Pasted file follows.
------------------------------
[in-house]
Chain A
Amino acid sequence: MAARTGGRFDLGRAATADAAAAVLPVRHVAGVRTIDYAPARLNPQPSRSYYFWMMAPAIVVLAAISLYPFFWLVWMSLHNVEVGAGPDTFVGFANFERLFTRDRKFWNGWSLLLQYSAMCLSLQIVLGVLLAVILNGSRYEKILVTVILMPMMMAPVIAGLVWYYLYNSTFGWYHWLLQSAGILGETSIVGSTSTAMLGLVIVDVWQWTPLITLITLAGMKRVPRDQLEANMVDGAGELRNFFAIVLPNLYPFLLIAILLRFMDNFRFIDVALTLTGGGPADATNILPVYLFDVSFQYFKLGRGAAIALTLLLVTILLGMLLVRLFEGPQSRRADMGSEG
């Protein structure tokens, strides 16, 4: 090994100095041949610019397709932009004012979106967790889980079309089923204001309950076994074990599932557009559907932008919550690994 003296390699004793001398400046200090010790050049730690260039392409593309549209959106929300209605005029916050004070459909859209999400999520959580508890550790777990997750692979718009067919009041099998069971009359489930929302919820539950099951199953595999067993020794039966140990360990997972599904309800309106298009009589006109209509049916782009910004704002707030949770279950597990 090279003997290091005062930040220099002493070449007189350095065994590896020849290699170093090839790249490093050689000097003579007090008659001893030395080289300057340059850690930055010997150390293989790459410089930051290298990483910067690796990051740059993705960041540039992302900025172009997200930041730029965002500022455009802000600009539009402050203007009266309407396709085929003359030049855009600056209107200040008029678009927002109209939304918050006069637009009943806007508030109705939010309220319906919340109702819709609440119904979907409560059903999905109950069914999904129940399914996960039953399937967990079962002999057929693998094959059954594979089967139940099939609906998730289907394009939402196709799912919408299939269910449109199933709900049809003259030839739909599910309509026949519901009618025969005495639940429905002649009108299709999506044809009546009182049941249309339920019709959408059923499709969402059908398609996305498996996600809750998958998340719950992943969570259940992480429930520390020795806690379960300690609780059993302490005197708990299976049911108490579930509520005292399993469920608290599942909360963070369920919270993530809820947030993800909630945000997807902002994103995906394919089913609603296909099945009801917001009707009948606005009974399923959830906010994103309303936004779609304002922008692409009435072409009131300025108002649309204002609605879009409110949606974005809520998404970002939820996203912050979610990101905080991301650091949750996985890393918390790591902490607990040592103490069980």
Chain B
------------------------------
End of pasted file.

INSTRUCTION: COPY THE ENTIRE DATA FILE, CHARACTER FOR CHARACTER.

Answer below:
[in-house]
Chain A
Amino acid sequence: MAARTGGRFDLGRAATADAAAAVLPVRHVAGVRTIDYAPARLNPQPSRSYYFWMMAPAIVVLAAISLYPFFWLVWMSLHNVEVGAGPDTFVGFANFERLFTRDRKFWNGWSLLLQYSAMCLSLQIVLGVLLAVILNGSRYEKILVTVILMPMMMAPVIAGLVWYYLYNSTFGWYHWLLQSAGILGETSIVGSTSTAMLGLVIVDVWQWTPLITLITLAGMKRVPRDQLEANMVDGAGELRNFFAIVLPNLYPFLLIAILLRFMDNFRFIDVALTLTGGGPADATNILPVYLFDVSFQYFKLGRGAAIALTLLLVTILLGMLLVRLFEGPQSRRADMGSEG
């Protein structure tokens, strides 16, 4: 090994100095041949610019397709932009004012979106967790889980079309089923204001309950076994074990599932557009559907932008919550690994 003296390699004793001398400046200090010790050049730690260039392409593309549209959106929300209605005029916050004070459909859209999400999520959580508890550790777990997750692979718009067919009041099998069971009359489930929302919820539950099951199953595999067993020794039966140990360990997972599904309800309106298009009589006109209509049916782009910004704002707030949770279950597990 090279003997290091005062930040220099002493070449007189350095065994590896020849290699170093090839790249490093050689000097003579007090008659001893030395080289300057340059850690930055010997150390293989790459410089930051290298990483910067690796990051740059993705960041540039992302900025172009997200930041730029965002500022455009802000600009539009402050203007009266309407396709085929003359030049855009600056209107200040008029678009927002109209939304918050006069637009009943806007508030109705939010309220319906919340109702819709609440119904979907409560059903999905109950069914999904129940399914996960039953399937967990079962002999057929693998094959059954594979089967139940099939609906998730289907394009939402196709799912919408299939269910449109199933709900049809003259030839739909599910309509026949519901009618025969005495639940429905002649009108299709999506044809009546009182049941249309339920019709959408059923499709969402059908398609996305498996996600809750998958998340719950992943969570259940992480429930520390020795806690379960300690609780059993302490005197708990299976049911108490579930509520005292399993469920608290599942909360963070369920919270993530809820947030993800909630945000997807902002994103995906394919089913609603296909099945009801917001009707009948606005009974399923959830906010994103309303936004779609304002922008692409009435072409009131300025108002649309204002609605879009409110949606974005809520998404970002939820996203912050979610990101905080991301650091949750996985890393918390790591902490607990040592103490069980």
Chain B